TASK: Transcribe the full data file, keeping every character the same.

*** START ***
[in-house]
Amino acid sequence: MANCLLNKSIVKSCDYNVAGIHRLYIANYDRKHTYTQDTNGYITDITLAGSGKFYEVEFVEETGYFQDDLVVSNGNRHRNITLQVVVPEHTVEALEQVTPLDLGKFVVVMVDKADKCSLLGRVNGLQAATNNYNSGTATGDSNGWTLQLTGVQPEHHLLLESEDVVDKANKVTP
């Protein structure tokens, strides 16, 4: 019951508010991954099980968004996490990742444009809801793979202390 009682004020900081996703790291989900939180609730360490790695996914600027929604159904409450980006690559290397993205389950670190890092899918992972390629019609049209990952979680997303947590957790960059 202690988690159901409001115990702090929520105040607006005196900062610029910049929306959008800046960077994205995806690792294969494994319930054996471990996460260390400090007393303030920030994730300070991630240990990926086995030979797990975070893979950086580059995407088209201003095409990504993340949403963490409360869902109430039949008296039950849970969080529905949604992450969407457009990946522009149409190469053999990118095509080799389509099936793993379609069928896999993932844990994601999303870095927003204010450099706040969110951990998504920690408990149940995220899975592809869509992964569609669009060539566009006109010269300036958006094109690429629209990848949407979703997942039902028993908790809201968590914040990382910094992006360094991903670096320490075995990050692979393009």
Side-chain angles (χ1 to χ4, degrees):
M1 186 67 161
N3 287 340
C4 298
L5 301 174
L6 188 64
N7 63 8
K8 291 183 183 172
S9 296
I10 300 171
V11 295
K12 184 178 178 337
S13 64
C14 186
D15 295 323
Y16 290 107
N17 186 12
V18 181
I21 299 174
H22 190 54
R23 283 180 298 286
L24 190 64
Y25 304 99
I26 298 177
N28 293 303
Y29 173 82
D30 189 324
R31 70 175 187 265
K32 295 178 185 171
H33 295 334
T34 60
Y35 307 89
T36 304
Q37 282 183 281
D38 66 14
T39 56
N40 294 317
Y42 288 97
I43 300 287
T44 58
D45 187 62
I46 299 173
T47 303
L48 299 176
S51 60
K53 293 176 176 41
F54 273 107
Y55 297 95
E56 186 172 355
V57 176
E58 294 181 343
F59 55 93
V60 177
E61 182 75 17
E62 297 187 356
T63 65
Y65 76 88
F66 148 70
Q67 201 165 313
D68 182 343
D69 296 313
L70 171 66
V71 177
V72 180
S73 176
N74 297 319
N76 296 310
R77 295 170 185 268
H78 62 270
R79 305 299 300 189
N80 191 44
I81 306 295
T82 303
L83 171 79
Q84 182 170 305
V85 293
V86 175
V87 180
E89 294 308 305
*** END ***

[in-house]
Amino acid sequence: MANCLLNKSIVKSCDYNVAGIHRLYIANYDRKHTYTQDTNGYITDITLAGSGKFYEVEFVEETGYFQDDLVVSNGNRHRNITLQVVVPEHTVEALEQVTPLDLGKFVVVMVDKADKCSLLGRVNGLQAATNNYNSGTATGDSNGWTLQLTGVQPEHHLLLESEDVVDKANKVTP
């Protein structure tokens, strides 16, 4: 019951508010991954099980968004996490990742444009809801793979202390 009682004020900081996703790291989900939180609730360490790695996914600027929604159904409450980006690559290397993205389950670190890092899918992972390629019609049209990952979680997303947590957790960059 202690988690159901409001115990702090929520105040607006005196900062610029910049929306959008800046960077994205995806690792294969494994319930054996471990996460260390400090007393303030920030994730300070991630240990990926086995030979797990975070893979950086580059995407088209201003095409990504993340949403963490409360869902109430039949008296039950849970969080529905949604992450969407457009990946522009149409190469053999990118095509080799389509099936793993379609069928896999993932844990994601999303870095927003204010450099706040969110951990998504920690408990149940995220899975592809869509992964569609669009060539566009006109010269300036958006094109690429629209990848949407979703997942039902028993908790809201968590914040990382910094992006360094991903670096320490075995990050692979393009």
Side-chain angles (χ1 to χ4, degrees):
M1 186 67 161
N3 287 340
C4 298
L5 301 174
L6 188 64
N7 63 8
K8 291 183 183 172
S9 296
I10 300 171
V11 295
K12 184 178 178 337
S13 64
C14 186
D15 295 323
Y16 290 107
N17 186 12
V18 181
I21 299 174
H22 190 54
R23 283 180 298 286
L24 190 64
Y25 304 99
I26 298 177
N28 293 303
Y29 173 82
D30 189 324
R31 70 175 187 265
K32 295 178 185 171
H33 295 334
T34 60
Y35 307 89
T36 304
Q37 282 183 281
D38 66 14
T39 56
N40 294 317
Y42 288 97
I43 300 287
T44 58
D45 187 62
I46 299 173
T47 303
L48 299 176
S51 60
K53 293 176 176 41
F54 273 107
Y55 297 95
E56 186 172 355
V57 176
E58 294 181 343
F59 55 93
V60 177
E61 182 75 17
E62 297 187 356
T63 65
Y65 76 88
F66 148 70
Q67 201 165 313
D68 182 343
D69 296 313
L70 171 66
V71 177
V72 180
S73 176
N74 297 319
N76 296 310
R77 295 170 185 268
H78 62 270
R79 305 299 300 189
N80 191 44
I81 306 295
T82 303
L83 171 79
Q84 182 170 305
V85 293
V86 175
V87 180
E89 294 308 305